The Colorado Senate gave its initial approval Monday to a bill that would require colleges to designate a nearby medical facility where their students can receive Sexual Assault Nurse Examiner (SANE) exams – known as rape kits.
The bill, which passed the House last month, still requires a final vote by the Senate.
SANE exams are widely understood as a best practice in diagnosing injuries and directing medical treatment after a sexual assault. They also collect evidence that can be crucial in proving the crime, and putting attackers behind bars.
The proposal follows a Rocky Mountain PBS I-News investigation in November that found that rape kits are not offered in student health clinics around the state, or at most campuses nationwide. The I-News story came as campus rape has gained traction as a national political issue.
“Finally, it seemed like there was outcry in the public to stand up for rape survivors,” said Rep. Jessie Danielson, D-Wheat Ridge, who co-sponsored the bill.
Liz Hardin, center, an emergency department nurse, and Joanne Knuppe, right, an obstetrics nurse, watch forensic nurse Kim Nash, left, trims Emma Agnew's fingernails as Nash leads a training session for Sex Assault Forensic Exams on Oct. 2, 2014 at Memorial Hospital in Colorado Springs, Colo. For the training, Agnew portrayed a woman who'd be an assaulted.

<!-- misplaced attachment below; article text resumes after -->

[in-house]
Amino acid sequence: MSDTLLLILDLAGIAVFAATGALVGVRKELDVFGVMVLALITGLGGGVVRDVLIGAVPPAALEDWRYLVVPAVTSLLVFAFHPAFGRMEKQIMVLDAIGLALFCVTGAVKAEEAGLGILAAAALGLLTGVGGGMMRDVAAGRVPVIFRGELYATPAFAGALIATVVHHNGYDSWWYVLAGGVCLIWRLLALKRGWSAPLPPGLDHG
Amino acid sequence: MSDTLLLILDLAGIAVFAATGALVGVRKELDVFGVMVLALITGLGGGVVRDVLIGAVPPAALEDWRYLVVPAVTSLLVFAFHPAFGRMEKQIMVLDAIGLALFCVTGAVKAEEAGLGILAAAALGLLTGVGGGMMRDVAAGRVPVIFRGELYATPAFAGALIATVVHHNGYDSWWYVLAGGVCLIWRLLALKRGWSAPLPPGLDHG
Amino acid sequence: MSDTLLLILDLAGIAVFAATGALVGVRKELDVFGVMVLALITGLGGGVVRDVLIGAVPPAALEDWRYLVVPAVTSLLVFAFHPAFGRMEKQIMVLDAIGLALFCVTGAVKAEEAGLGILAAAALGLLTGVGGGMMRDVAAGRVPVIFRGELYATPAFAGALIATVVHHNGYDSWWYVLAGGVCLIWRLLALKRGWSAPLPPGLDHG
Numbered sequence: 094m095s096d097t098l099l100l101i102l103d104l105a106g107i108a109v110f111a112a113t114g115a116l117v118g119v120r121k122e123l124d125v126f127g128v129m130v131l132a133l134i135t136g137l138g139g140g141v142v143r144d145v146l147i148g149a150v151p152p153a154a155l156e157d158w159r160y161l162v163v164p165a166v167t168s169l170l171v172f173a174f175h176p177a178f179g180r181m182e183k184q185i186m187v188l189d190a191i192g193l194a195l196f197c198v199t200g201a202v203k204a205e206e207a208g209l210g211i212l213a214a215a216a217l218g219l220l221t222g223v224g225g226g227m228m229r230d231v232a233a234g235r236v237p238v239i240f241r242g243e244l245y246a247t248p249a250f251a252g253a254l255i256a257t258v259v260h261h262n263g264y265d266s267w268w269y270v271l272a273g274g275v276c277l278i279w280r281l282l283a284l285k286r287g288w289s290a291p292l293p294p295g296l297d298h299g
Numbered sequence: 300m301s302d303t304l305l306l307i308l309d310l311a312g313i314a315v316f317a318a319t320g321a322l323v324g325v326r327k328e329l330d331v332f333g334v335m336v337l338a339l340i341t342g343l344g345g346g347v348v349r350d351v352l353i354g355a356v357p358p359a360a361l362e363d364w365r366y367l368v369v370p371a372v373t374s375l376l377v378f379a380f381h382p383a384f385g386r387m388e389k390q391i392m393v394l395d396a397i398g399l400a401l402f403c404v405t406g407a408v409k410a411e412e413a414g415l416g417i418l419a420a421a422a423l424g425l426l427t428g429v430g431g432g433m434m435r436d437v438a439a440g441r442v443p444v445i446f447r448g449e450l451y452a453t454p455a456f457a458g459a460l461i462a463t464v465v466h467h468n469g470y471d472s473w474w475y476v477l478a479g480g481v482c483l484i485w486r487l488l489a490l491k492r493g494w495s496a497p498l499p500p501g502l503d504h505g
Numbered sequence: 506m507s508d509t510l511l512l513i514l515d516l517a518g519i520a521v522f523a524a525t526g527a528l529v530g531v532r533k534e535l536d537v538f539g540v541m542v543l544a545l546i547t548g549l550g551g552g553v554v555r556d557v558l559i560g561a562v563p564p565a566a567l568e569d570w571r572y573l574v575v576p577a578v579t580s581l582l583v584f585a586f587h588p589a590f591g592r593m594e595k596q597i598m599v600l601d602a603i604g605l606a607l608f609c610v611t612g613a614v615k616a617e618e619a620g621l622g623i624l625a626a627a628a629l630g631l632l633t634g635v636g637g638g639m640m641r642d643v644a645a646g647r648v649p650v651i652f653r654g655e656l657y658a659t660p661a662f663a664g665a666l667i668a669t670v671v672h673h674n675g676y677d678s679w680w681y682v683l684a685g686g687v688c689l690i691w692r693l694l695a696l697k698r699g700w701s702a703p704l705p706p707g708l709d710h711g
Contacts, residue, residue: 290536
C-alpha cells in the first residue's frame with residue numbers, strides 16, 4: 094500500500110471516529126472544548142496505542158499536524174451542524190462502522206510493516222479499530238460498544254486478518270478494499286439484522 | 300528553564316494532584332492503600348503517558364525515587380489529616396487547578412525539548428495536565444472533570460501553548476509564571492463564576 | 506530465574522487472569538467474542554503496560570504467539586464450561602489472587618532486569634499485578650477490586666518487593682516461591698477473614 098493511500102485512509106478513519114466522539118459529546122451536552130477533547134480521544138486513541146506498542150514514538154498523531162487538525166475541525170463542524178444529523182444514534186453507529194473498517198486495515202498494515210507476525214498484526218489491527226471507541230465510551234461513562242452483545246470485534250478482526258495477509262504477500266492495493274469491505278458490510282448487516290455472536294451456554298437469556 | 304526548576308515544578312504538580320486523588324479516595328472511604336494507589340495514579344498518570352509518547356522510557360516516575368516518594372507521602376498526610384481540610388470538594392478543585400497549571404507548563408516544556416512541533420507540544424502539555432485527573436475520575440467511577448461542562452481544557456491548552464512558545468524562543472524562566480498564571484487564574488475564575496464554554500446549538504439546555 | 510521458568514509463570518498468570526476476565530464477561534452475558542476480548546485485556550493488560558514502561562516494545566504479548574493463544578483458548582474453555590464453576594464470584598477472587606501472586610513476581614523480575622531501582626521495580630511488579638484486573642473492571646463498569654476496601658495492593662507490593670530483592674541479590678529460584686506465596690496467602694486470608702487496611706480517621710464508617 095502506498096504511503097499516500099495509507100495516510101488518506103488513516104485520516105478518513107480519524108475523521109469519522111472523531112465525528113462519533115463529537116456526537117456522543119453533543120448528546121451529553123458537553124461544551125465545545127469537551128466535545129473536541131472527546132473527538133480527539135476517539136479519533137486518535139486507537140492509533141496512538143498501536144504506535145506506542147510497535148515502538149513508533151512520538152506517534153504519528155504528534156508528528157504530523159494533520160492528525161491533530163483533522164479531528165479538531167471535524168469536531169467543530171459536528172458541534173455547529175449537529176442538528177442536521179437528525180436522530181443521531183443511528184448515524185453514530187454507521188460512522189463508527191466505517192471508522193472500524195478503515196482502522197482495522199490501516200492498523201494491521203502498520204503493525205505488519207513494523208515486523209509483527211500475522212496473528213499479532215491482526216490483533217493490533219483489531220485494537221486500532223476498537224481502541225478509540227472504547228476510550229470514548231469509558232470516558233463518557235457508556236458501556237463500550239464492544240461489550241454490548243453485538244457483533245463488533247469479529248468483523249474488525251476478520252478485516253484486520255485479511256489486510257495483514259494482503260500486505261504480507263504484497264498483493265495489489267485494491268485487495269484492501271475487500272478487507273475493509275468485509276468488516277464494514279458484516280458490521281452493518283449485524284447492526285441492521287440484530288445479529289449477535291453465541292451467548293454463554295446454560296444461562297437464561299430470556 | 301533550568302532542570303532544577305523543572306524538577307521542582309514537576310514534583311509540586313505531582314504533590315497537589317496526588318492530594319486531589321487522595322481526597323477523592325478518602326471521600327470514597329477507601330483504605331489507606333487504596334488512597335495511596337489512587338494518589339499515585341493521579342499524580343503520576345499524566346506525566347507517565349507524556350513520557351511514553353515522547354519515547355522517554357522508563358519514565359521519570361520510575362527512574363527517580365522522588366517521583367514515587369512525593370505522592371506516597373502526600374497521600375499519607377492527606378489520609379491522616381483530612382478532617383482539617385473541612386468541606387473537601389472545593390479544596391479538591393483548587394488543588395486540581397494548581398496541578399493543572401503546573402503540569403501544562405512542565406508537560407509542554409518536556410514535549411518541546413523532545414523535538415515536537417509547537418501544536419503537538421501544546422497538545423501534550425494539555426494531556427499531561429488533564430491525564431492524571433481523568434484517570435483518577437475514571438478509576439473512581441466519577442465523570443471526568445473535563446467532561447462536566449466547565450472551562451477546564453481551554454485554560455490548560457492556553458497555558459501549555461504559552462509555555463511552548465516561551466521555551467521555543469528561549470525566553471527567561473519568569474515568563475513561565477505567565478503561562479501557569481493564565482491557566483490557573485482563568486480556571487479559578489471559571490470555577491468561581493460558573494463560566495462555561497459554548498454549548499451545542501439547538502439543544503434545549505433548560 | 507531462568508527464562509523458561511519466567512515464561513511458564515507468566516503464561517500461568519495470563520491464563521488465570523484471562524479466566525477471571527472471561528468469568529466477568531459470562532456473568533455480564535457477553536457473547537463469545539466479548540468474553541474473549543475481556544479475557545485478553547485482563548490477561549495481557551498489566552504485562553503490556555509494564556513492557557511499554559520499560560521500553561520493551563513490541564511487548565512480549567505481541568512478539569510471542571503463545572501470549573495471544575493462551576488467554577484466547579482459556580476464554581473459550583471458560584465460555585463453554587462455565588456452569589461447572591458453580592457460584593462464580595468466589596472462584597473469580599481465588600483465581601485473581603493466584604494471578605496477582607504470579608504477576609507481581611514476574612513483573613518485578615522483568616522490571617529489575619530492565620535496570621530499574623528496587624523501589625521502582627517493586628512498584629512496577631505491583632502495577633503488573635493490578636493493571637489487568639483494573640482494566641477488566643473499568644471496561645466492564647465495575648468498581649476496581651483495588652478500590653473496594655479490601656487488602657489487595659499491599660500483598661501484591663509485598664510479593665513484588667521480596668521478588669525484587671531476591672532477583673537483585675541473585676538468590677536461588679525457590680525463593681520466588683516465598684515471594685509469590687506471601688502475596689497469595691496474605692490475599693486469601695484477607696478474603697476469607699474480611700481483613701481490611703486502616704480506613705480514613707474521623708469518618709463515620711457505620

At the time of the I-News report, neither of the state’s two biggest college towns – Boulder or Fort Collins – offered local access to rape kits. Foothills Hospital in Boulder began offering the exams in March. Colorado State University directs its students to a hospital in Loveland, 15 miles away.
The bill would also mandate that campus health center staff receive training from SANE nurses with an overview of forensic exams, where they are offered, and what transportation options may be available.
It wouldn’t require colleges to offer forensic exams on campus, or to provide transportation to medical facilities that offer the exams.
Danielson she would have liked to require all colleges to provide SANE exams at their campus health clinics. But that would be expensive, and unlikely to pass given a stretched state budget.
“Ideally, we would have trained medical and forensic professionals who can start treatment with an exam on campus immediately following an assault,” said Danielson. “This is a very, very solid step in the right direction.”